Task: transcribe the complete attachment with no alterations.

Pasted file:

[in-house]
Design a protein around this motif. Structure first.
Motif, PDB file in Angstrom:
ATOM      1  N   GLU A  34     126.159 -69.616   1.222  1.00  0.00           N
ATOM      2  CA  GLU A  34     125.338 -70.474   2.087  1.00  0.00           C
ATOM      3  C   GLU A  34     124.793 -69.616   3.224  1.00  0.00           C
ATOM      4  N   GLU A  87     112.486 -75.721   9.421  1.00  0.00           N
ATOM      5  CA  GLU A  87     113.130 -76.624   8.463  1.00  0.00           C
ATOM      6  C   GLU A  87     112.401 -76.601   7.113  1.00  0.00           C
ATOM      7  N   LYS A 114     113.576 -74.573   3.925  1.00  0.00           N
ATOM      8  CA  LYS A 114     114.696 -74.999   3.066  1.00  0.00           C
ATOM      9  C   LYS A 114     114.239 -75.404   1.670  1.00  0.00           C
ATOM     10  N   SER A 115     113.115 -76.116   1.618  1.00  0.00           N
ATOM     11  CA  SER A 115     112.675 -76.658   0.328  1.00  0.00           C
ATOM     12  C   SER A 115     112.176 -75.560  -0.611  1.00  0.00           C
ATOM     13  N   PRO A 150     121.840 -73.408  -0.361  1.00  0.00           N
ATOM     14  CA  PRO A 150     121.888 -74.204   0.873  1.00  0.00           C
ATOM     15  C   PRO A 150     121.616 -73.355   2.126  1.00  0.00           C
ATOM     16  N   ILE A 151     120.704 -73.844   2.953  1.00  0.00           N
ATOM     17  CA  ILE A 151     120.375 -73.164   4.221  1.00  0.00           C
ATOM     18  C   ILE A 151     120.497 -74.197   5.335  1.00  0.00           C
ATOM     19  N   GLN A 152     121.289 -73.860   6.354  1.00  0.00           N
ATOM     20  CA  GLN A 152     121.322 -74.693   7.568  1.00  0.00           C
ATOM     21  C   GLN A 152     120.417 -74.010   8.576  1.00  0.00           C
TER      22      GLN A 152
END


[in-house]
Design a protein around this motif. Structure first.
Motif, PDB file in Angstrom:
ATOM      1  N   GLU A  34     126.159 -69.616   1.222  1.00  0.00           N
ATOM      2  CA  GLU A  34     125.338 -70.474   2.087  1.00  0.00           C
ATOM      3  C   GLU A  34     124.793 -69.616   3.224  1.00  0.00           C
ATOM      4  N   GLU A  87     112.486 -75.721   9.421  1.00  0.00           N
ATOM      5  CA  GLU A  87     113.130 -76.624   8.463  1.00  0.00           C
ATOM      6  C   GLU A  87     112.401 -76.601   7.113  1.00  0.00           C
ATOM      7  N   LYS A 114     113.576 -74.573   3.925  1.00  0.00           N
ATOM      8  CA  LYS A 114     114.696 -74.999   3.066  1.00  0.00           C
ATOM      9  C   LYS A 114     114.239 -75.404   1.670  1.00  0.00           C
ATOM     10  N   SER A 115     113.115 -76.116   1.618  1.00  0.00           N
ATOM     11  CA  SER A 115     112.675 -76.658   0.328  1.00  0.00           C
ATOM     12  C   SER A 115     112.176 -75.560  -0.611  1.00  0.00           C
ATOM     13  N   PRO A 150     121.840 -73.408  -0.361  1.00  0.00           N
ATOM     14  CA  PRO A 150     121.888 -74.204   0.873  1.00  0.00           C
ATOM     15  C   PRO A 150     121.616 -73.355   2.126  1.00  0.00           C
ATOM     16  N   ILE A 151     120.704 -73.844   2.953  1.00  0.00           N
ATOM     17  CA  ILE A 151     120.375 -73.164   4.221  1.00  0.00           C
ATOM     18  C   ILE A 151     120.497 -74.197   5.335  1.00  0.00           C
ATOM     19  N   GLN A 152     121.289 -73.860   6.354  1.00  0.00           N
ATOM     20  CA  GLN A 152     121.322 -74.693   7.568  1.00  0.00           C
ATOM     21  C   GLN A 152     120.417 -74.010   8.576  1.00  0.00           C
TER      22      GLN A 152
END